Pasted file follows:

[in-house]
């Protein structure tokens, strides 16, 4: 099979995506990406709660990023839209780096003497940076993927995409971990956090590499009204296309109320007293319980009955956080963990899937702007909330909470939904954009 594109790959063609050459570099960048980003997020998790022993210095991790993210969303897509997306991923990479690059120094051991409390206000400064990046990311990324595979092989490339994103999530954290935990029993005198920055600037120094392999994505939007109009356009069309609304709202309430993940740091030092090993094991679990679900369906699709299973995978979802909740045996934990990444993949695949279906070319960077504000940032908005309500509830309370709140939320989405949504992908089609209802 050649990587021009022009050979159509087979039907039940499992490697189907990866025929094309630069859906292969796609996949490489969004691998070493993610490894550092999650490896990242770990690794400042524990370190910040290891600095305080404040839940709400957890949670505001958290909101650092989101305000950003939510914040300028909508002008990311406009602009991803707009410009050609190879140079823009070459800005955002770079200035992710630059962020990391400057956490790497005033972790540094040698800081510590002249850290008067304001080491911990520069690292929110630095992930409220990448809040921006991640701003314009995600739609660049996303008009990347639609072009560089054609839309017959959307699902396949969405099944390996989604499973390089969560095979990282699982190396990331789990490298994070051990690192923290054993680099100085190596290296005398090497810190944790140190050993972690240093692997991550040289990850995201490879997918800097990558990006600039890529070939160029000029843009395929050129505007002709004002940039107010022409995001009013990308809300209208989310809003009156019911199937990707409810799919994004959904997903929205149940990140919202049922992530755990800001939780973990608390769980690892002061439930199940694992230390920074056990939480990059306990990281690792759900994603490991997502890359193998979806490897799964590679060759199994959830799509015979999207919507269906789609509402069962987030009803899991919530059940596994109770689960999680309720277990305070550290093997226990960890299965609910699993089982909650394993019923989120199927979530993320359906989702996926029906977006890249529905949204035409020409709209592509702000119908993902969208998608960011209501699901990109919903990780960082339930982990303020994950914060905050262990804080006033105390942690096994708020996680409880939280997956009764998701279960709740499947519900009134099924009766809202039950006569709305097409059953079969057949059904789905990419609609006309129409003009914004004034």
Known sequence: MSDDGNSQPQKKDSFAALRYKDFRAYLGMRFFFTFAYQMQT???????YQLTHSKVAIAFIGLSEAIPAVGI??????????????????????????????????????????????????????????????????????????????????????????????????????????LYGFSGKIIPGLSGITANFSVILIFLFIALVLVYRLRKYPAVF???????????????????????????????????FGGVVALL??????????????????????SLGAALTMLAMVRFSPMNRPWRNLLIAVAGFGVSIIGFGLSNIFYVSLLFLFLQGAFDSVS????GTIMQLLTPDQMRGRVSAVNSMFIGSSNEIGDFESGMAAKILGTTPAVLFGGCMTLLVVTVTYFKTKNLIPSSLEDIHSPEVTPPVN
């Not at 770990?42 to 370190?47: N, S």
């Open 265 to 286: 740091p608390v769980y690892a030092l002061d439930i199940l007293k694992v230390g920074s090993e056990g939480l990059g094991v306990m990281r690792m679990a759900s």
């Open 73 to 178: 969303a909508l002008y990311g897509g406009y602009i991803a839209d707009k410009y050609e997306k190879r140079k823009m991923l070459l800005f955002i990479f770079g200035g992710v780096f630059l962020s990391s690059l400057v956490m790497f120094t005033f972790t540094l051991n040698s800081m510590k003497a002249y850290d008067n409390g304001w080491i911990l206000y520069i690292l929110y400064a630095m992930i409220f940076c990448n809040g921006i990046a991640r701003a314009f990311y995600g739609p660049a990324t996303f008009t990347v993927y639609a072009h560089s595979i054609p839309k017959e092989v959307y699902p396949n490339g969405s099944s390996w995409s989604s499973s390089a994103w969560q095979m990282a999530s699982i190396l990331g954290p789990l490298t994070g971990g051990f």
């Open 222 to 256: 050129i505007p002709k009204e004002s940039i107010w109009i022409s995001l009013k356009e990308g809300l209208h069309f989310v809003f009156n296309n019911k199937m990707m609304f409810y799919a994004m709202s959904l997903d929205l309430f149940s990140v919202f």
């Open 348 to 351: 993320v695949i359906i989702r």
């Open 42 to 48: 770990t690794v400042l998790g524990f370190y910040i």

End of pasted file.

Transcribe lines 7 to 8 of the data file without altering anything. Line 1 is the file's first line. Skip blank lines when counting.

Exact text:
């Open 222 to 256: 050129i505007p002709k009204e004002s940039i107010w109009i022409s995001l009013k356009e990308g809300l209208h069309f989310v809003f009156n296309n019911k199937m990707m609304f409810y799919a994004m709202s959904l997903d929205l309430f149940s990140v919202f």
């Open 348 to 351: 993320v695949i359906i989702r």